Fave quote: ”I think of myself as a storyteller, but I would not mind at all if someone were to think of me as a feminist writer… I’m very feminist in the way I look at the world, and that worldview must somehow be part of my work.”

FEMINIST FRIDAY

Chimamanda Ngozi Adichie (Born September 15, 1977)

Who: Nigerian writer and self-proclaimed storyteller

What: Adichie has written poems, short stories, plays, and novels for which she has won several awards, including the MTV Africa Music Awards 2014 Personality of the Year and and the honor of being in The New Yorker’s “20 under 40” Fiction Issue. Perhaps most notably, Beyonce sampled Adichie’s 2012 TED talk “We Should All Be Feminists” for her song “Flawless,” bringing the term and its definition to the attention of young audiences.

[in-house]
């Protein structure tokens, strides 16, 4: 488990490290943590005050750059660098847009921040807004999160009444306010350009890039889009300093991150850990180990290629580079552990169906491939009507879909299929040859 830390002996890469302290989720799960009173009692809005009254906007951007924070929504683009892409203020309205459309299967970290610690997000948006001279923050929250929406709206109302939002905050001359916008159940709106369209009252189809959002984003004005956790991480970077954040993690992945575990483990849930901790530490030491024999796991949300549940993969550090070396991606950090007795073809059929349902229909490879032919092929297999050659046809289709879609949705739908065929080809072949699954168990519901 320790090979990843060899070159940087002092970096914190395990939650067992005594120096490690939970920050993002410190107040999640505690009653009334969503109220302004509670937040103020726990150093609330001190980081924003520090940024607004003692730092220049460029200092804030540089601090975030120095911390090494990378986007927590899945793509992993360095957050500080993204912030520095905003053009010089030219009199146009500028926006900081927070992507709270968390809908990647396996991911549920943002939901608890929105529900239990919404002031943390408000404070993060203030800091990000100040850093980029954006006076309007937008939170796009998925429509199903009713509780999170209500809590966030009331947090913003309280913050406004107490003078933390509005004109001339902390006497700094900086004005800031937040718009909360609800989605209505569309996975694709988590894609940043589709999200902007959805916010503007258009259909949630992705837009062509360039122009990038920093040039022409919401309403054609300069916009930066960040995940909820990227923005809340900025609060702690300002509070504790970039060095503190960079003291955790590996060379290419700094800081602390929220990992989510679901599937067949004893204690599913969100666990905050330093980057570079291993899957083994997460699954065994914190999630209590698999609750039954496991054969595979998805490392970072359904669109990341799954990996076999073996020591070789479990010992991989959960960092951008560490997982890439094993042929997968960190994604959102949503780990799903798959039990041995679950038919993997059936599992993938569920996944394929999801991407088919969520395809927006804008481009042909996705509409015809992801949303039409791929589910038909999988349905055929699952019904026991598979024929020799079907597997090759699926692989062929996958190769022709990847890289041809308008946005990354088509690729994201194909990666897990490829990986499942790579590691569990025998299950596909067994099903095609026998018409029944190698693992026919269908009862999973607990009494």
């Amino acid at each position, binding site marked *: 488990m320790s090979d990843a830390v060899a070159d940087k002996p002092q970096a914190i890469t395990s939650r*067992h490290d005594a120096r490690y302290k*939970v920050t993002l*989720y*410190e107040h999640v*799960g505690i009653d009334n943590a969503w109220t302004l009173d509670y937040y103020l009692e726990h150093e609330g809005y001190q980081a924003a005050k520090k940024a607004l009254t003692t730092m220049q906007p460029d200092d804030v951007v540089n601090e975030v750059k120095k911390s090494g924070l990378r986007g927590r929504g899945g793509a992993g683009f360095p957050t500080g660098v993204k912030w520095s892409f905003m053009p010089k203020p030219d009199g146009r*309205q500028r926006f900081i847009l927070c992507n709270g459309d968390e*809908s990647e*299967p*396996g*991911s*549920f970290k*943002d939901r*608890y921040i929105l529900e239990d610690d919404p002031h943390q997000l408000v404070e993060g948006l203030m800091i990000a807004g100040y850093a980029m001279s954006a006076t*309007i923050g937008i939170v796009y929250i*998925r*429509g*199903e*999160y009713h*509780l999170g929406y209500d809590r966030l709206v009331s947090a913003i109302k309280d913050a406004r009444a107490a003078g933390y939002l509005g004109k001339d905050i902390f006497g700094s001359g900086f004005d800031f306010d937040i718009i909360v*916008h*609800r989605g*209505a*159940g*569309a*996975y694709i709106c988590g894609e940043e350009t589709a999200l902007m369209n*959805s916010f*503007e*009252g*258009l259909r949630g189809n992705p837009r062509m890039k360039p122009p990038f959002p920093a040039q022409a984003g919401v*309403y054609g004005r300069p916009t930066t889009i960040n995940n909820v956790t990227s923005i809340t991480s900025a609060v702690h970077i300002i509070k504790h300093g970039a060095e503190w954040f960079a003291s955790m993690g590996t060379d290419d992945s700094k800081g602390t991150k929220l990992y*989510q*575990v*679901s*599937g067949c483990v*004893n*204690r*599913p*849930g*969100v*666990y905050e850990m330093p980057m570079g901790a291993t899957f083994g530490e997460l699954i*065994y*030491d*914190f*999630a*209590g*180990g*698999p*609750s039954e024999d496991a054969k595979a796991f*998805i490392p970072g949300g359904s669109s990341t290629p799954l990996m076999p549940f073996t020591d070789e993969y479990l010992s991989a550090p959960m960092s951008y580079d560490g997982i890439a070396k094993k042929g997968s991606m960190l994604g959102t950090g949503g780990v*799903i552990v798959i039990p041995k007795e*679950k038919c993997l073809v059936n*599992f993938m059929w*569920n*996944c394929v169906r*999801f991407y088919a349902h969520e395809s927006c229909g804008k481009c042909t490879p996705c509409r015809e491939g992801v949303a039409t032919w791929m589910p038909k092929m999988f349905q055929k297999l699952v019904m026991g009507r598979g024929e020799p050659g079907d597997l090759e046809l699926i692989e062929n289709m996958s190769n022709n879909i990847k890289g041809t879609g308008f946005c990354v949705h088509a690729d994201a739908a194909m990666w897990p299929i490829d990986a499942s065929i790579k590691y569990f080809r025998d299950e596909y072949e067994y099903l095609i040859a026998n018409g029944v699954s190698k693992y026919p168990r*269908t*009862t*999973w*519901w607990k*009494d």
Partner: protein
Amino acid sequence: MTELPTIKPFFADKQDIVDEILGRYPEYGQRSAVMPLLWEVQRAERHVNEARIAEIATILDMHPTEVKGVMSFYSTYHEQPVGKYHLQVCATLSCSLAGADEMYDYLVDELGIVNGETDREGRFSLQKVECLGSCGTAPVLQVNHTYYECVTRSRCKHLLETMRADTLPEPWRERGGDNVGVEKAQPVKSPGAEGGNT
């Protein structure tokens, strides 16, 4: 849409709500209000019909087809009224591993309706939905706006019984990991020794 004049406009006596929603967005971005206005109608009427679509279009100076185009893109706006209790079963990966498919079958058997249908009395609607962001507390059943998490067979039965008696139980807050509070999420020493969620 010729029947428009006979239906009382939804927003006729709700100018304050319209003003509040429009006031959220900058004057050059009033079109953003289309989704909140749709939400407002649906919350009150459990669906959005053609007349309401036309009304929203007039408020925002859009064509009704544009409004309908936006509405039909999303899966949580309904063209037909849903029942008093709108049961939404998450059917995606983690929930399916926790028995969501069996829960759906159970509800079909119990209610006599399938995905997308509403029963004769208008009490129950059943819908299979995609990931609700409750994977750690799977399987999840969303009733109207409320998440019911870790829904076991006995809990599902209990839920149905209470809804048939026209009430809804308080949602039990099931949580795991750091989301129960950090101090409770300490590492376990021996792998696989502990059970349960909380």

Fave quote: ”I think of myself as a storyteller, but I would not mind at all if someone were to think of me as a feminist writer… I’m very feminist in the way I look at the world, and that worldview must somehow be part of my work.”

3 weeks ago
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pridefulvanity:

next time someone tells you Muslim countries oppress women, let them know Pakistan, Bangladesh, Indonesia, Turkey, Kosovo, Kyrgyzstan, and Senegal have all had female Presidents or Prime Ministers and 1/3rd of Egypt’s parliament is female but the US has yet to even have a female vice president and can’t say “vagina” when discussing female reproductive rights

(Source: la-rinascente)

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lacigreen:

queeravenger: